‘One bite of that pizza, the like of which you could never get in Ireland, and a slurp of Irish tea'
My most treasured food memory: Helen James
Designer and author Helen James: Moving to New York with three small children was scary, but pizza and Irish tea made a memorable first meal. Photograph: Dave Meehan
Throughout Food Month people will share with us their most treasured food memory. You can share yours at email@example.com
In 2010, after living in the scented fields of Westmeath for eight years, we decided to go back to New York, where we had previously lived for 10 years. It happened quite quickly. I flew over in March to meet with some contacts and by July we were packing up boxes in our farmhouse, preparing to leave.
During the three months prior to leaving, I was travelling back and forth as I had begun working with Donna Karan Home and was juggling this new landscape with letting go of the farmhouse I had so lovingly restored – and three children aged nine, 11, and a tiny one-year-old.
I wasn’t sure what I was letting go of exactly, or what I was stepping into. I had lived in New York for 10 years before, but that was when I had no children, and then again for a couple of years when my first two sons were tiny. Now I would have to navigate playgrounds, schools and work. What was it like to be a parent in one of the busiest cities in the world?
As you can imagine, I was nervous. But more than that I was excited, excited that this year, the year I would turn 40, I was turning my whole life on its head and for good or for bad, things would never be the same.
The journey from Westmeath to our apartment in Brooklyn seemed to take an unnecessarily long time. A five-hour flight doesn’t sound so bad, but leaving the house, waving goodbye to good friends and dear family, knowing you were breaking your mother’s heart, travelling to the airport, arriving in plenty of time for immigration in Dublin, waiting around with three children, and your life packed into five suitcases, the journey seemed like an epic escapade to a foreign land.
When we finally arrived in JFK, my then brother-in-law was there to meet us. There are few things more welcome to a very weary traveller than a friendly face in an airport. We drove the familiar road to Brooklyn, but the view was altered, altered by the addition of my children, my responsibilities.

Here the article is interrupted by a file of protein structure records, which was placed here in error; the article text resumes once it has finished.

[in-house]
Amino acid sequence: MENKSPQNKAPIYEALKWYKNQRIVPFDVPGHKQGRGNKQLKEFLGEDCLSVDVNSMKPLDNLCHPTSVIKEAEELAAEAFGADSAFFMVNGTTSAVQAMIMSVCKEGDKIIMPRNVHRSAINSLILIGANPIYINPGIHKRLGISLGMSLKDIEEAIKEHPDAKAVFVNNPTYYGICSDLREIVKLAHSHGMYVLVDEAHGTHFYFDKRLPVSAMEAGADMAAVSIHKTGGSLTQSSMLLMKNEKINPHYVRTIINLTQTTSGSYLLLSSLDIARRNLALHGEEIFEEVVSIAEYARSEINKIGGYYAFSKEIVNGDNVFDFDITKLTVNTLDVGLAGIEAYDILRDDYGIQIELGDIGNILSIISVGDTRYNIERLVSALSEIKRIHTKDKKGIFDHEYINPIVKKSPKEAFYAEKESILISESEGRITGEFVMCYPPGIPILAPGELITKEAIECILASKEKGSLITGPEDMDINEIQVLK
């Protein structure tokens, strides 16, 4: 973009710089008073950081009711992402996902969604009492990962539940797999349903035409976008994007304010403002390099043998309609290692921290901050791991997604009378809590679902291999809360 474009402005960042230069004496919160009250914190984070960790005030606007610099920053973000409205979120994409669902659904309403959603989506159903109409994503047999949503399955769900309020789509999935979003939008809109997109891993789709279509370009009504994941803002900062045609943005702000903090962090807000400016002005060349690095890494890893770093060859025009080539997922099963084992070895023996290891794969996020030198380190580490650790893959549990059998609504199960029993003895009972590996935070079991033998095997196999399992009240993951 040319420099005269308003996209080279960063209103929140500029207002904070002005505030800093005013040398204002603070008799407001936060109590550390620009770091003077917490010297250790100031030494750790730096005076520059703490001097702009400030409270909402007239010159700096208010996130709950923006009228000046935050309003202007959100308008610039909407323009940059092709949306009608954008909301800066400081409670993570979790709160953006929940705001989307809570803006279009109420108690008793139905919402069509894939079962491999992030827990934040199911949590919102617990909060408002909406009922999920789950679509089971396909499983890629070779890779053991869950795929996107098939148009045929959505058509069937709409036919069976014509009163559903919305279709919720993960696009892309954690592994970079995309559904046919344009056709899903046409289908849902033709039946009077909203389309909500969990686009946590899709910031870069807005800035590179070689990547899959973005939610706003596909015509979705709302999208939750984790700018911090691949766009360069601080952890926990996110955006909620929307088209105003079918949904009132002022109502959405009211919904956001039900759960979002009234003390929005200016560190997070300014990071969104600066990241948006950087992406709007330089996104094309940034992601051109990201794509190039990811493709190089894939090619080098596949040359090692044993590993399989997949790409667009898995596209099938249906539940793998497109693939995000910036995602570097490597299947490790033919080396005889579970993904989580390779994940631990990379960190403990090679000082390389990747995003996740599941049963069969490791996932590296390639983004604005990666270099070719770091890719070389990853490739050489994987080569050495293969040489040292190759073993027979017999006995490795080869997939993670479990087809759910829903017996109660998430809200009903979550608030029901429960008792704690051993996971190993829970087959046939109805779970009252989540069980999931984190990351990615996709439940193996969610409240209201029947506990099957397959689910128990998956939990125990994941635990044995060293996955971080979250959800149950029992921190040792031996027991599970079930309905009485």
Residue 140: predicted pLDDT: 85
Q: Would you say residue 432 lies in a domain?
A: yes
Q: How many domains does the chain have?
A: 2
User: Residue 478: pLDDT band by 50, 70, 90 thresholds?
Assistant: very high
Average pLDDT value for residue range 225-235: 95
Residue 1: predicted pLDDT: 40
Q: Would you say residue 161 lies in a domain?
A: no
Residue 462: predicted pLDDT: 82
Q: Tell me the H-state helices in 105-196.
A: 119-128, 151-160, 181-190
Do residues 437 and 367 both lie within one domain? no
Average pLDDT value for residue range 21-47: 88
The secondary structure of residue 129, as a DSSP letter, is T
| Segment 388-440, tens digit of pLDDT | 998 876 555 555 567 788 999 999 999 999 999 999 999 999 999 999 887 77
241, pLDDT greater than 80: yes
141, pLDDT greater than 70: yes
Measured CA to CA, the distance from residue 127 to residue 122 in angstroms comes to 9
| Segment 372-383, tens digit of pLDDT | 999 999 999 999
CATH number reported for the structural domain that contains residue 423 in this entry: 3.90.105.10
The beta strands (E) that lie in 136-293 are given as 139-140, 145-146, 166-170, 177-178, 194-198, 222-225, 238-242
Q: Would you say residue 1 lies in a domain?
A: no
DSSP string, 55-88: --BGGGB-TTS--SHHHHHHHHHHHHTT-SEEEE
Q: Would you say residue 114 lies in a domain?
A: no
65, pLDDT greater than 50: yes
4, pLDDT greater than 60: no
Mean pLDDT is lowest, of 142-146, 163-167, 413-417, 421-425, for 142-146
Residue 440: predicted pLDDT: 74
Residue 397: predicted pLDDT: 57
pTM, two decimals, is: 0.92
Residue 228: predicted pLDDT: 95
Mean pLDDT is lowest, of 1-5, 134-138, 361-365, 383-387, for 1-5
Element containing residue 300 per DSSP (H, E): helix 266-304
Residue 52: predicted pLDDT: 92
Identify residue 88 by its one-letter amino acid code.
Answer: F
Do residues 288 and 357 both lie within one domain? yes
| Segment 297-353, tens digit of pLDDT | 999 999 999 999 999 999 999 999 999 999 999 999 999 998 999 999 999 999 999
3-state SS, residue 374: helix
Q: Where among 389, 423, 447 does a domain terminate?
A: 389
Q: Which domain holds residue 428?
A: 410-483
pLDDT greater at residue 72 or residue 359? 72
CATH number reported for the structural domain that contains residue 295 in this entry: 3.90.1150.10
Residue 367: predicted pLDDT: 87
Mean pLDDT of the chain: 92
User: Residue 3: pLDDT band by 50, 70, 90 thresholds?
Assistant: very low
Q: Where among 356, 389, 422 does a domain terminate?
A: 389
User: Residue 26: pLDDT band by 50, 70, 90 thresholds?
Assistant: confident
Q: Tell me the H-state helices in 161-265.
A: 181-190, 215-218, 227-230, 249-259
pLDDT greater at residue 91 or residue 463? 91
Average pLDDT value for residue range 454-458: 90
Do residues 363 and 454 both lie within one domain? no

I felt a heavy weight on my body, doubting myself. My stomach flipped. “It’s too late now”, I said in my head. We arrived to our apartment in Carroll Gardens in Brooklyn. It was late, very late for small children, and it was dark. The children ran through the apartment that was a third of the size of the house they had grown up in. They were excited, this was an adventure, it was supposed to be.
Boxes of tea bags
We dragged our suitcases up the stairs and a child said “I’m hungry”. I hadn’t thought about food. There was nothing in the apartment. Why hadn’t I had someone leave something in the fridge – ham, bread, butter, the staples? I couldn’t even make a cup of tea as there was no milk. I had, like most Irish travellers, a suitcase containing boxes of tea bags, but what was a cup of tea without milk.
“Mum, I’m hungry”
I wanted to unpack, to place some familiar objects around the space, to mark my territory – photographs, a grandmother’s vase.
“Mum, I’m starving, what is there to eat?”
The most part of a mother’s job is feeding, in my experience. My brother-in-law offered to go out and find something to eat. Half an hour later he returned with two large brown boxes and a pint of milk.
A scent wafted behind him as he walked in, a scent of New York.
When he opened the lids, inside was a large sourdough crust pizza, bubbles of dough blackened by a wood fire, oozing mozzarella, bright tomato sauce and fresh basil.
“I just saw this pizza place, it’s around the corner.”
The pizza place he had stumbled upon was Lucalis, in Carroll Gardens. A destination pizza joint. People travelled out from Manhattan and stood in line to eat those pizzas. They ran out of dough at 9pm, sometimes sooner.
I made tea.
We sat of the floor, surrounded by half unpacked suitcases, the New York sirens echoing through the empty apartment.
One bite of that pizza, hot, melting, chewy, flavourful pizza the like of which you could never get in Ireland, and a slurp of our Irish tea made strong and hot. My two worlds colliding. Smash. Here they were for good or for bad. That pizza marked our arrival to the big city.